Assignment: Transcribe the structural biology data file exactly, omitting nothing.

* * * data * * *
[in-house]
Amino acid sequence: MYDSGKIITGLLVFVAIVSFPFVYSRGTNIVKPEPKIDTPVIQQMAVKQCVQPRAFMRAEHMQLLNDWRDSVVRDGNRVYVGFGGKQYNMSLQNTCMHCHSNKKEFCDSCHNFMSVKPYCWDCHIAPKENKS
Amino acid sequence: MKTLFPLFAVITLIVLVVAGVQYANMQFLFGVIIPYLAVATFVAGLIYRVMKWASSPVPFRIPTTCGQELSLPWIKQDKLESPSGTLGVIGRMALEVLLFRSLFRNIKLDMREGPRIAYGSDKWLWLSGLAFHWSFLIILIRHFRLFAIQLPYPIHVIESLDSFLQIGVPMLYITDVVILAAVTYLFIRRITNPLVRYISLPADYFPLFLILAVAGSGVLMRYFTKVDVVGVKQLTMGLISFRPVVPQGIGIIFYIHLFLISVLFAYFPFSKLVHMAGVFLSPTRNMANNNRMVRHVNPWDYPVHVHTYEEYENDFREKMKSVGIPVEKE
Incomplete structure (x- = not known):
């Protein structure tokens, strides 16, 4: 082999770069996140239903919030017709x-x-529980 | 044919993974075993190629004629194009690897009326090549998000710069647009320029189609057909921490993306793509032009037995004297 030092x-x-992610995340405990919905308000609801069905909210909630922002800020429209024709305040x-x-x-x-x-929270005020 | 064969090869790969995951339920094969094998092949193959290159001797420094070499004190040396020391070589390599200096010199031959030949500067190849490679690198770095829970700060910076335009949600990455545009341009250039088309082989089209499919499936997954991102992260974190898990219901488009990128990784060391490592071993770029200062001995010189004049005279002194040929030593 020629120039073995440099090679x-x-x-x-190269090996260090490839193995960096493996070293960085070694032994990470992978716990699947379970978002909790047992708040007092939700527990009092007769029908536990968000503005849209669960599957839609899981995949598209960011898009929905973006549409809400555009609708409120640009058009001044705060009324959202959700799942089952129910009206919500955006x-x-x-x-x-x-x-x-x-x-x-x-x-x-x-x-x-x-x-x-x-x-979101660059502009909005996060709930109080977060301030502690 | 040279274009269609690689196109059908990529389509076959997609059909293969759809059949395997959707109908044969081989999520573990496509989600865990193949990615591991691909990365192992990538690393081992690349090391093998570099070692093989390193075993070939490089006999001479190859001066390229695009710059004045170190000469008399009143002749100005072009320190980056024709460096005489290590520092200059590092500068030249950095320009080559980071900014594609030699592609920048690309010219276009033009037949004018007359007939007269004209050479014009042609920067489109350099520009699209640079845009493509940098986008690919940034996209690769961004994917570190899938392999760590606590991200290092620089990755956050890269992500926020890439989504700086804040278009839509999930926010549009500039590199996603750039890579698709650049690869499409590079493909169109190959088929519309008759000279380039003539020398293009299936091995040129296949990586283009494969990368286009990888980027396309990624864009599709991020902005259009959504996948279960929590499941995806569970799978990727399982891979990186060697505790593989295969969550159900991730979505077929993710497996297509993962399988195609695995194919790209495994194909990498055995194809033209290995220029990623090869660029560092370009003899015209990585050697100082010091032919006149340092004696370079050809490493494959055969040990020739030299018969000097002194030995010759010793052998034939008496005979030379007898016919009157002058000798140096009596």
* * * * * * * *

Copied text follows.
[in-house]
Amino acid sequence: MYDSGKIITGLLVFVAIVSFPFVYSRGTNIVKPEPKIDTPVIQQMAVKQCVQPRAFMRAEHMQLLNDWRDSVVRDGNRVYVGFGGKQYNMSLQNTCMHCHSNKKEFCDSCHNFMSVKPYCWDCHIAPKENKS
Amino acid sequence: MKTLFPLFAVITLIVLVVAGVQYANMQFLFGVIIPYLAVATFVAGLIYRVMKWASSPVPFRIPTTCGQELSLPWIKQDKLESPSGTLGVIGRMALEVLLFRSLFRNIKLDMREGPRIAYGSDKWLWLSGLAFHWSFLIILIRHFRLFAIQLPYPIHVIESLDSFLQIGVPMLYITDVVILAAVTYLFIRRITNPLVRYISLPADYFPLFLILAVAGSGVLMRYFTKVDVVGVKQLTMGLISFRPVVPQGIGIIFYIHLFLISVLFAYFPFSKLVHMAGVFLSPTRNMANNNRMVRHVNPWDYPVHVHTYEEYENDFREKMKSVGIPVEKE
Incomplete structure (x- = not known):
């Protein structure tokens, strides 16, 4: 082999770069996140239903919030017709x-x-529980 | 044919993974075993190629004629194009690897009326090549998000710069647009320029189609057909921490993306793509032009037995004297 030092x-x-992610995340405990919905308000609801069905909210909630922002800020429209024709305040x-x-x-x-x-929270005020 | 064969090869790969995951339920094969094998092949193959290159001797420094070499004190040396020391070589390599200096010199031959030949500067190849490679690198770095829970700060910076335009949600990455545009341009250039088309082989089209499919499936997954991102992260974190898990219901488009990128990784060391490592071993770029200062001995010189004049005279002194040929030593 020629120039073995440099090679x-x-x-x-190269090996260090490839193995960096493996070293960085070694032994990470992978716990699947379970978002909790047992708040007092939700527990009092007769029908536990968000503005849209669960599957839609899981995949598209960011898009929905973006549409809400555009609708409120640009058009001044705060009324959202959700799942089952129910009206919500955006x-x-x-x-x-x-x-x-x-x-x-x-x-x-x-x-x-x-x-x-x-x-979101660059502009909005996060709930109080977060301030502690 | 040279274009269609690689196109059908990529389509076959997609059909293969759809059949395997959707109908044969081989999520573990496509989600865990193949990615591991691909990365192992990538690393081992690349090391093998570099070692093989390193075993070939490089006999001479190859001066390229695009710059004045170190000469008399009143002749100005072009320190980056024709460096005489290590520092200059590092500068030249950095320009080559980071900014594609030699592609920048690309010219276009033009037949004018007359007939007269004209050479014009042609920067489109350099520009699209640079845009493509940098986008690919940034996209690769961004994917570190899938392999760590606590991200290092620089990755956050890269992500926020890439989504700086804040278009839509999930926010549009500039590199996603750039890579698709650049690869499409590079493909169109190959088929519309008759000279380039003539020398293009299936091995040129296949990586283009494969990368286009990888980027396309990624864009599709991020902005259009959504996948279960929590499941995806569970799978990727399982891979990186060697505790593989295969969550159900991730979505077929993710497996297509993962399988195609695995194919790209495994194909990498055995194809033209290995220029990623090869660029560092370009003899015209990585050697100082010091032919006149340092004696370079050809490493494959055969040990020739030299018969000097002194030995010759010793052998034939008496005979030379007898016919009157002058000798140096009596």